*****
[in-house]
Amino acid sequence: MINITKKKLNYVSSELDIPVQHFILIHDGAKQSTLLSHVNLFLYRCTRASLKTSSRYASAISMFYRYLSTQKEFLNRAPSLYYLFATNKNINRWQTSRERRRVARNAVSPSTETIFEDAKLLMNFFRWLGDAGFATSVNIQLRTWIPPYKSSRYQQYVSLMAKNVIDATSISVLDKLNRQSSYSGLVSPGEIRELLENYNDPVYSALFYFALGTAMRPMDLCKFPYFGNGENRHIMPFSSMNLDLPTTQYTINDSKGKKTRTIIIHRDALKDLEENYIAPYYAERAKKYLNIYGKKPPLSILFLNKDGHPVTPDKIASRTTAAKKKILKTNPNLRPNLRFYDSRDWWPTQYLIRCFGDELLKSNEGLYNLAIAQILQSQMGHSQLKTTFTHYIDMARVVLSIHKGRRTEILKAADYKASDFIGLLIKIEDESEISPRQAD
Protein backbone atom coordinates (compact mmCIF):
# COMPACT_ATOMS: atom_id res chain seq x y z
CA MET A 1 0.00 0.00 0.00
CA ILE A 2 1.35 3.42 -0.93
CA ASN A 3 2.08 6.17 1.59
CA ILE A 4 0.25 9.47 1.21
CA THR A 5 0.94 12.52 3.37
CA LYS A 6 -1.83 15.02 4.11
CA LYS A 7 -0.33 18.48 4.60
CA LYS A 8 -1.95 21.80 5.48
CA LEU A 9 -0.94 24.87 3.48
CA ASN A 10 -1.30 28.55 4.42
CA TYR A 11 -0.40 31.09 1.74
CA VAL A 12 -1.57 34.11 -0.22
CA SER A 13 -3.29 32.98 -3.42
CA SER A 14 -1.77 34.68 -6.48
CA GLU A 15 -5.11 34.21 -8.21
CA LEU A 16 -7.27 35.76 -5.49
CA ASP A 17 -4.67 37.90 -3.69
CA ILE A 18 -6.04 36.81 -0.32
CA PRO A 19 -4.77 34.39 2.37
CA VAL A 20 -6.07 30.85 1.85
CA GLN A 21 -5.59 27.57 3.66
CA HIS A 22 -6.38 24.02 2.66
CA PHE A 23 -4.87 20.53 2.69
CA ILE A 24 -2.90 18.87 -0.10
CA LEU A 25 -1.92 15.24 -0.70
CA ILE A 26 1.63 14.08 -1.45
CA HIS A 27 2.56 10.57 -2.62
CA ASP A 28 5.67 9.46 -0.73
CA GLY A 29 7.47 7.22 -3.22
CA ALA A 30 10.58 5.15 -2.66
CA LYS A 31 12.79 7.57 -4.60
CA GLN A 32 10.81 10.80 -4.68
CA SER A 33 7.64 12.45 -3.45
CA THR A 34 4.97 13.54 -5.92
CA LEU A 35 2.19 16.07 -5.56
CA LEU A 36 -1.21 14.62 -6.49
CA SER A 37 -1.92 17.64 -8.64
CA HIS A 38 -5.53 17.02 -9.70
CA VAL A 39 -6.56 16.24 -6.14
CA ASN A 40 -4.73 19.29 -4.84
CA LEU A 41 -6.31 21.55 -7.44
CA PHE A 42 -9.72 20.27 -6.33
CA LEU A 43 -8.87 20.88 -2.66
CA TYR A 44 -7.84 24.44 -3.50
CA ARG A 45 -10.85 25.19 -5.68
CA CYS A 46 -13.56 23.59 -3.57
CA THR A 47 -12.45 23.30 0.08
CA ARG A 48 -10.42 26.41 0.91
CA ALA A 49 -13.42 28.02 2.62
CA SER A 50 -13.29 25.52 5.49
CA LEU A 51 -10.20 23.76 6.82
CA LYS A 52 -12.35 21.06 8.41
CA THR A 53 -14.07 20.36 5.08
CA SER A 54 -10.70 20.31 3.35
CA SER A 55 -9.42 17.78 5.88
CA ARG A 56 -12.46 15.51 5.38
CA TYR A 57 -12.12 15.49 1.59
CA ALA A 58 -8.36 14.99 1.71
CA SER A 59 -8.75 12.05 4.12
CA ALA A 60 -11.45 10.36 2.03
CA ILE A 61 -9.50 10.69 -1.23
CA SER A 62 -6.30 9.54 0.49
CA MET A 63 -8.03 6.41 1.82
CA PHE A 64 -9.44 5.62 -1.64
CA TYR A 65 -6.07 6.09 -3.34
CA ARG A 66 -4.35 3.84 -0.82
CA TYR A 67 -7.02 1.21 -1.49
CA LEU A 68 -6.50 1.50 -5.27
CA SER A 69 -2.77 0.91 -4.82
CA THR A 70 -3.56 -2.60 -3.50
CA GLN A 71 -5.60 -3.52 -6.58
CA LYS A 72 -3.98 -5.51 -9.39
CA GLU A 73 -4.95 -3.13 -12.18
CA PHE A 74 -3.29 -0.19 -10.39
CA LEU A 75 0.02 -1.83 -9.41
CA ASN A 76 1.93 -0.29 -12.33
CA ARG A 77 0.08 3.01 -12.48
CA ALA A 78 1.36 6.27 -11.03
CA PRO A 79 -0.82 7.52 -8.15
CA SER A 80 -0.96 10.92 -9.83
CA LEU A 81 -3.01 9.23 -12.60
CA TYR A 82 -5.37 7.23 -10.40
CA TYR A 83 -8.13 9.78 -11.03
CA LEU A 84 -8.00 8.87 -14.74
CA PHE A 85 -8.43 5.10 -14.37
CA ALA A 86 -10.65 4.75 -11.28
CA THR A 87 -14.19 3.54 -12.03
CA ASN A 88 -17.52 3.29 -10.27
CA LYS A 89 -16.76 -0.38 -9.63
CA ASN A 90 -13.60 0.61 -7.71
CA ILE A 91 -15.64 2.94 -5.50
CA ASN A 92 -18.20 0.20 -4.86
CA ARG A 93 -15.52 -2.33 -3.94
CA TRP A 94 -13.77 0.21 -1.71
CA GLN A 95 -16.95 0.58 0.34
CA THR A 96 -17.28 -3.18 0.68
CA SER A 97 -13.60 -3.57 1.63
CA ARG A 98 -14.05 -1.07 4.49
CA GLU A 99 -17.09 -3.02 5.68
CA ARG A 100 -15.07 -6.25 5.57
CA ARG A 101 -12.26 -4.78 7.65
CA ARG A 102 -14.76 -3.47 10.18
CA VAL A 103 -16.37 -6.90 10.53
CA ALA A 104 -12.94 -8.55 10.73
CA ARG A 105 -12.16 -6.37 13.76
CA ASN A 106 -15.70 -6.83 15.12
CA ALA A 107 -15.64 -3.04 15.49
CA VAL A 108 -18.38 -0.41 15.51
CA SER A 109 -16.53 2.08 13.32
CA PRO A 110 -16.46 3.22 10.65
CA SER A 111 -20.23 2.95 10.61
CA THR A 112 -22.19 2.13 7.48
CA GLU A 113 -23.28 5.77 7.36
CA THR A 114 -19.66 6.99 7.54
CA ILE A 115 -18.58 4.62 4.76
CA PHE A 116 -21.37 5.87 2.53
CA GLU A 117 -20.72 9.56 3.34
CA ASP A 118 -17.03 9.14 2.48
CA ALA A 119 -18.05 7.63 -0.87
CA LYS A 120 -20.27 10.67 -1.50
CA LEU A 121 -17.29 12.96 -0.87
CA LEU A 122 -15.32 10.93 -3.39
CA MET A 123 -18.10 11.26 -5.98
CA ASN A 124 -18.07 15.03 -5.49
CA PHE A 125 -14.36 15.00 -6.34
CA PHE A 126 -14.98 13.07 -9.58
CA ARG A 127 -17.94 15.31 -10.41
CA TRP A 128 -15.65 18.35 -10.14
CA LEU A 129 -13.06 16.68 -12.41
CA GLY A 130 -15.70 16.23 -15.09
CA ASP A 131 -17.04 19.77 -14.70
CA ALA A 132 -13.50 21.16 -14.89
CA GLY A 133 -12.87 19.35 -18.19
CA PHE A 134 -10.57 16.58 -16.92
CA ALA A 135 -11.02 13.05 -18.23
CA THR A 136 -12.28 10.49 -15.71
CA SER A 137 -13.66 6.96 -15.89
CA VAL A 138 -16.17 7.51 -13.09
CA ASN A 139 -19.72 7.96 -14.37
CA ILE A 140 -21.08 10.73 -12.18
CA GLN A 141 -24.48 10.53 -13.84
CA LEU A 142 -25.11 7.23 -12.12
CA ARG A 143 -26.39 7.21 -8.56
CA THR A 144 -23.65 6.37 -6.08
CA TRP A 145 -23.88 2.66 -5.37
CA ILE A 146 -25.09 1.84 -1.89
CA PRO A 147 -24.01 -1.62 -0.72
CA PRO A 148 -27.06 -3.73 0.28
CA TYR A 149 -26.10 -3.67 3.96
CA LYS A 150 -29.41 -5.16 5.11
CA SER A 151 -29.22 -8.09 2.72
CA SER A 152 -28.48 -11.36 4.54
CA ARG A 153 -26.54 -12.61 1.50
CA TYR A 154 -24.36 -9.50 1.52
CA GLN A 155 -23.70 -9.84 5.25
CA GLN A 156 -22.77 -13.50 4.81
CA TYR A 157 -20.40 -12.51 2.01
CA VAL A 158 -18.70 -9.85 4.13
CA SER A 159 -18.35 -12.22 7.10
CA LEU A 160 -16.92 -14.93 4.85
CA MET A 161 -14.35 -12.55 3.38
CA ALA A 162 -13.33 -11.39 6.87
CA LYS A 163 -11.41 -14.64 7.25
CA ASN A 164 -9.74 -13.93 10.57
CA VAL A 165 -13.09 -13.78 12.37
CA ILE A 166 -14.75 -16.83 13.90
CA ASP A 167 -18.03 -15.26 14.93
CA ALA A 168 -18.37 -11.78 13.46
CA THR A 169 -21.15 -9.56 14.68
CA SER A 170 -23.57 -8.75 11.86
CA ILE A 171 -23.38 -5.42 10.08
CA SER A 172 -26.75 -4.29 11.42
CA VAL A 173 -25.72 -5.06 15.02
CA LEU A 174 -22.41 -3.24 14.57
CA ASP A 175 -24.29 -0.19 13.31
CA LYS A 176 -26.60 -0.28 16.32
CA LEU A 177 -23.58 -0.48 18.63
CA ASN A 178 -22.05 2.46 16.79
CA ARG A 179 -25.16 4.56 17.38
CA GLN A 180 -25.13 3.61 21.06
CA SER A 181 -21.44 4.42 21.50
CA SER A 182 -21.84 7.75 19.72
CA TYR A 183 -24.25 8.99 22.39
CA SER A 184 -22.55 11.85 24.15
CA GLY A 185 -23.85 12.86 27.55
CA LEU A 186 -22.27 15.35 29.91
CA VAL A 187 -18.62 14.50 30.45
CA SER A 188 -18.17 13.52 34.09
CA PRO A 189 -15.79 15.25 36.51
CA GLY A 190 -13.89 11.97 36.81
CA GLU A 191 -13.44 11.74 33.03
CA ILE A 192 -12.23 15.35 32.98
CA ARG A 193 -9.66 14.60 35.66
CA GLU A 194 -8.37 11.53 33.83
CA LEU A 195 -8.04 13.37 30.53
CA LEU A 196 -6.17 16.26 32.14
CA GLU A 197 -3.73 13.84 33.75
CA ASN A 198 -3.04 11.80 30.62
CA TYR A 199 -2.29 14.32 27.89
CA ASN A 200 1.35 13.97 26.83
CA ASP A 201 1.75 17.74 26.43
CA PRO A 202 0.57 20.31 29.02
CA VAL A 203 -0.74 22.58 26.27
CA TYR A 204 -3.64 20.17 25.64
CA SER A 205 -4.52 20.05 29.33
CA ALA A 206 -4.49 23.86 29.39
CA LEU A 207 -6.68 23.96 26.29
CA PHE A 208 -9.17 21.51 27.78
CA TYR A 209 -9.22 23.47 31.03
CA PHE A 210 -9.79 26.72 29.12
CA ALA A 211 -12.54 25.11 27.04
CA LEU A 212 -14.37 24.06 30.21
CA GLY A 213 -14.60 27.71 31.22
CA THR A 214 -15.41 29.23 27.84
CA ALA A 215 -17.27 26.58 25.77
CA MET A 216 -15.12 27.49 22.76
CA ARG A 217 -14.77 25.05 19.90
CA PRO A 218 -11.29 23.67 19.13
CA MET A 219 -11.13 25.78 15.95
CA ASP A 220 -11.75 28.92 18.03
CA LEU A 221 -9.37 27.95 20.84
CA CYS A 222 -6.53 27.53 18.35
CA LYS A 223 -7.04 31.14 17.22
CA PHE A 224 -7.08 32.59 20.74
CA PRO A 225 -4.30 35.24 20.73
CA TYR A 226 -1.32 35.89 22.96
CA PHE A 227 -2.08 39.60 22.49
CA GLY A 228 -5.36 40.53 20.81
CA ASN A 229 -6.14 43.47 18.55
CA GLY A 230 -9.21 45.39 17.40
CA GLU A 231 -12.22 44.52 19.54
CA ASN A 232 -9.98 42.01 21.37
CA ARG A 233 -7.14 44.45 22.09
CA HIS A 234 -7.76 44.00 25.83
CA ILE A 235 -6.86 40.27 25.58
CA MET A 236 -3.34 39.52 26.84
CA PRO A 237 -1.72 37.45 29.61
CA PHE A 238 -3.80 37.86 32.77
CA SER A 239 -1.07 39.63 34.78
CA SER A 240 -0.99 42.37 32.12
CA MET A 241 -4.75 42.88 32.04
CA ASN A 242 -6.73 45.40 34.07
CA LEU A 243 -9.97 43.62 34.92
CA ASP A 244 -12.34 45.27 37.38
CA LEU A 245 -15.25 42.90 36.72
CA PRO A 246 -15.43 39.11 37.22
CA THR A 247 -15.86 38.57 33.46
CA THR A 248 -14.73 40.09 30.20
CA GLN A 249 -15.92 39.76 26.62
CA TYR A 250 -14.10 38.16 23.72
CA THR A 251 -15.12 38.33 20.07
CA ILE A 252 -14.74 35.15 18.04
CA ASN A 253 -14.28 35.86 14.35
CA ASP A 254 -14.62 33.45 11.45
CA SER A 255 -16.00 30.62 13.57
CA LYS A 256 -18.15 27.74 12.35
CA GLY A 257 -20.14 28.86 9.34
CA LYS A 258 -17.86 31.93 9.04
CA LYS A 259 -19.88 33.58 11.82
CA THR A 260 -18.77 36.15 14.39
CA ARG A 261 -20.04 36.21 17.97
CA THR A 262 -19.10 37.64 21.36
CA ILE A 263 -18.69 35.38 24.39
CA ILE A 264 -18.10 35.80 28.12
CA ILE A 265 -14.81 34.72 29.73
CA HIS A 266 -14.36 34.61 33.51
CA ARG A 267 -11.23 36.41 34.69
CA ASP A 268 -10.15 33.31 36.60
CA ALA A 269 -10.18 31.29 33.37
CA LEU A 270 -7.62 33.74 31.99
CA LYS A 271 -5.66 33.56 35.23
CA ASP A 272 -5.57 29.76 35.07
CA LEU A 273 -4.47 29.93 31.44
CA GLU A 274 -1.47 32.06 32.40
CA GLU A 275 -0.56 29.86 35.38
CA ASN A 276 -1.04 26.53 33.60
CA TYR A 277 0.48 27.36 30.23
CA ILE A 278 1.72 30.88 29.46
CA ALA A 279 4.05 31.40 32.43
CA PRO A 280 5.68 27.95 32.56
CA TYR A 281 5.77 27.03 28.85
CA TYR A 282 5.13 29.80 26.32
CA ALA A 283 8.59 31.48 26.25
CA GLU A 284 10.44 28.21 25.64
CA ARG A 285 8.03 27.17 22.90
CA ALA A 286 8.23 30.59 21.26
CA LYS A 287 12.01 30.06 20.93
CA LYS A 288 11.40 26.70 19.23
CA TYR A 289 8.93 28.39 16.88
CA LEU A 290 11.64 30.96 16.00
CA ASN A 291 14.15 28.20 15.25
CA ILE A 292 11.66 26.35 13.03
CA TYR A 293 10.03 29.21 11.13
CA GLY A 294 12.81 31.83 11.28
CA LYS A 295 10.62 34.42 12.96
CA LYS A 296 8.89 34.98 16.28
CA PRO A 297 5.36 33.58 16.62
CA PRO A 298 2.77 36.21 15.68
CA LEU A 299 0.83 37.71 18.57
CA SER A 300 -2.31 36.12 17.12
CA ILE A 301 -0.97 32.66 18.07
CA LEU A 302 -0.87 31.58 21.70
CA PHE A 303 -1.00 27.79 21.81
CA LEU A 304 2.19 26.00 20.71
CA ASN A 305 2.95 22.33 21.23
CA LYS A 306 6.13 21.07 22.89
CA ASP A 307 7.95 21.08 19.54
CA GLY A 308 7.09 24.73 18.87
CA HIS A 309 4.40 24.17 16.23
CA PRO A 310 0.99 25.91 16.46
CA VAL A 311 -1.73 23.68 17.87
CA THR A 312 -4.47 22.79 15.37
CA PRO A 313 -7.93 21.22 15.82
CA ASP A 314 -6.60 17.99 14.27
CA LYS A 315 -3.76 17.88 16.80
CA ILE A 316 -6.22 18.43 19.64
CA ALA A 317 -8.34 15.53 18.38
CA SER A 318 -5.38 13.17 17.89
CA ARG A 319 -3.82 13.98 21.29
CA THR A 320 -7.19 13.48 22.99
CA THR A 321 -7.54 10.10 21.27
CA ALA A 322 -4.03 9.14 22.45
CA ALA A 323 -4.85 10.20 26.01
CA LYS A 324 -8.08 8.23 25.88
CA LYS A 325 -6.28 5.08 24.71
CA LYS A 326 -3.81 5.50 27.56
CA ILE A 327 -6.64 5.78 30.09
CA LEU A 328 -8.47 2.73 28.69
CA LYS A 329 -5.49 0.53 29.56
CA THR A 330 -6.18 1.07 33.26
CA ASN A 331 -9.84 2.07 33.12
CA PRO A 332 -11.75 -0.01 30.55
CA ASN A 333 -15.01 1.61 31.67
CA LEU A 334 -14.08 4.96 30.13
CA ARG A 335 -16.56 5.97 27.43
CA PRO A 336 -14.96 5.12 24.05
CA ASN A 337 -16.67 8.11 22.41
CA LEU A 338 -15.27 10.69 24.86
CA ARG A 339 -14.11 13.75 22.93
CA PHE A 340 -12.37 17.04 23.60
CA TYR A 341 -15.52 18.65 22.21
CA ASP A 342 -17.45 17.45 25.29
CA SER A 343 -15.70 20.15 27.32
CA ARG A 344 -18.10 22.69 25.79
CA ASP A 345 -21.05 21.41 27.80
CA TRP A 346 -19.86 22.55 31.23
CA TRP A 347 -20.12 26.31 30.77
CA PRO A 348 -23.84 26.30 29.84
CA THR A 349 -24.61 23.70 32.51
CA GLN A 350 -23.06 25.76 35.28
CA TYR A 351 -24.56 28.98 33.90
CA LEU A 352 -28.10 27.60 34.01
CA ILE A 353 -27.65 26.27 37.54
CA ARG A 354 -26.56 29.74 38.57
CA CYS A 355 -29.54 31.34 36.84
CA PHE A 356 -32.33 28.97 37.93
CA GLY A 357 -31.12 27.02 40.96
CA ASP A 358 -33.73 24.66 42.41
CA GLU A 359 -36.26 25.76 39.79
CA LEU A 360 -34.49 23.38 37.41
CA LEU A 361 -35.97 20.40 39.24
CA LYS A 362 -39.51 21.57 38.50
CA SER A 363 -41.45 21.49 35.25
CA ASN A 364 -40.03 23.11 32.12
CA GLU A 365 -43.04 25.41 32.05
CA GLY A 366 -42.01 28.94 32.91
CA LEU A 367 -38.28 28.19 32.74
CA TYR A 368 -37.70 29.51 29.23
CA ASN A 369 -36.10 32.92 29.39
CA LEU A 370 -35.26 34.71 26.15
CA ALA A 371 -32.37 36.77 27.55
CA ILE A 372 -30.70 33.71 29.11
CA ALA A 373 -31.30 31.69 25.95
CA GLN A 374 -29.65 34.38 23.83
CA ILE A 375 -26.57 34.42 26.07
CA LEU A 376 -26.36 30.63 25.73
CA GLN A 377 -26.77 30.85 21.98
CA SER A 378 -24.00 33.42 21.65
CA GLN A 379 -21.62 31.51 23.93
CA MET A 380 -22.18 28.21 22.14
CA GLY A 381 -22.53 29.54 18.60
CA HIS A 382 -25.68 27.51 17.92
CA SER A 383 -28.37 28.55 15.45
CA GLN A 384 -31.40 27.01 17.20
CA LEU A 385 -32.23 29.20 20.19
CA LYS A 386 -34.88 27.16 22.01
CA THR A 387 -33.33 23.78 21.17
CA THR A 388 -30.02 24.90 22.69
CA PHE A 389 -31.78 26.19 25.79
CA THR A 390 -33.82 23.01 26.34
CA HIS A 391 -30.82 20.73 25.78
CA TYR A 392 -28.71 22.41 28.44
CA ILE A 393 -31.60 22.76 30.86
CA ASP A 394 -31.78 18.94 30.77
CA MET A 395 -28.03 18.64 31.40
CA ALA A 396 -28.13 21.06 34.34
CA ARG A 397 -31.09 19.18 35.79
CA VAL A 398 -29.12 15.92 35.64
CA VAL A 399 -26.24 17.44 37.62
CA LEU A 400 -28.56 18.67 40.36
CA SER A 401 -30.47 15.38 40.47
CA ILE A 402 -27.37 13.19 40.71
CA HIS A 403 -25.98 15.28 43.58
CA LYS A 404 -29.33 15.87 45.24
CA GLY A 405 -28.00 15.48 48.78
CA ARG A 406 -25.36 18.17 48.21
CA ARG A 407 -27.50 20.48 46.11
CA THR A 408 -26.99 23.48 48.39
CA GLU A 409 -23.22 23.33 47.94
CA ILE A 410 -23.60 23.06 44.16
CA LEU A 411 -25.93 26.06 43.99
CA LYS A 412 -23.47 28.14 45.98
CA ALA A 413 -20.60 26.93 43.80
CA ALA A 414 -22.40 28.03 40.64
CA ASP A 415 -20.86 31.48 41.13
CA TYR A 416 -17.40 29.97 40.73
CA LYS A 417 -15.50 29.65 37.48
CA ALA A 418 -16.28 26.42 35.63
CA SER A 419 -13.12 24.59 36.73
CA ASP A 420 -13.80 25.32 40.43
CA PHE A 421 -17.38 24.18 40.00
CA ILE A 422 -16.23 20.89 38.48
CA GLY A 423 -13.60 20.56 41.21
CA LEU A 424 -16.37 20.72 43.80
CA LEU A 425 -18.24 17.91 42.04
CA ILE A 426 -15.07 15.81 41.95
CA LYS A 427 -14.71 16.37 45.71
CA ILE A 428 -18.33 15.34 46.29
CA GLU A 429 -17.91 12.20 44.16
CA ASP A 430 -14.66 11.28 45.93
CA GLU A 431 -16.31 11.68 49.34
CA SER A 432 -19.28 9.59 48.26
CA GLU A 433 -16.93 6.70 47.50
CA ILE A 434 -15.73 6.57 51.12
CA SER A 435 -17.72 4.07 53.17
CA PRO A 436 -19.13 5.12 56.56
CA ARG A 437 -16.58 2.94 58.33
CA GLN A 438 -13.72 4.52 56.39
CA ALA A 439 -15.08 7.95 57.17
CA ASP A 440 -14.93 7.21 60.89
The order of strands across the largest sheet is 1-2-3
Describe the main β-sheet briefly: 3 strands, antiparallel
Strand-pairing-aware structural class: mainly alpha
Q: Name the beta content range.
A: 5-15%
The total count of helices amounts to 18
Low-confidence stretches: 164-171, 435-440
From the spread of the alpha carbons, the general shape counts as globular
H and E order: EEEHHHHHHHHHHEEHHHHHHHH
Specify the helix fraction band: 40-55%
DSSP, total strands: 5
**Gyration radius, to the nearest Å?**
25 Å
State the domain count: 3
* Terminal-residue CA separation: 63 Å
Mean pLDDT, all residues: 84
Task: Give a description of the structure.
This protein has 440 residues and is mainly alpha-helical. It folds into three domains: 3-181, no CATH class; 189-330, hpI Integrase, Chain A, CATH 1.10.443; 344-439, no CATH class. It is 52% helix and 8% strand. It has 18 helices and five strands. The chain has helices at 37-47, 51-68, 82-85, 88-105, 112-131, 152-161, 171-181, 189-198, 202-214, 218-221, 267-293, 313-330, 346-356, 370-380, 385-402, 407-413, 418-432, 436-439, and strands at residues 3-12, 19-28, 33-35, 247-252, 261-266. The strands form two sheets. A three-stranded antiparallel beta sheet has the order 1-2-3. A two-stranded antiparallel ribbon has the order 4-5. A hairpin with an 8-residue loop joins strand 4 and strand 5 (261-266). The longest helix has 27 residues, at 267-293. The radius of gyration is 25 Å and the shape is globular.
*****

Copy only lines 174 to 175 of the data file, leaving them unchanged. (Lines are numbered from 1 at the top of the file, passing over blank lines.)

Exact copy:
CA SER A 170 -23.57 -8.75 11.86
CA ILE A 171 -23.38 -5.42 10.08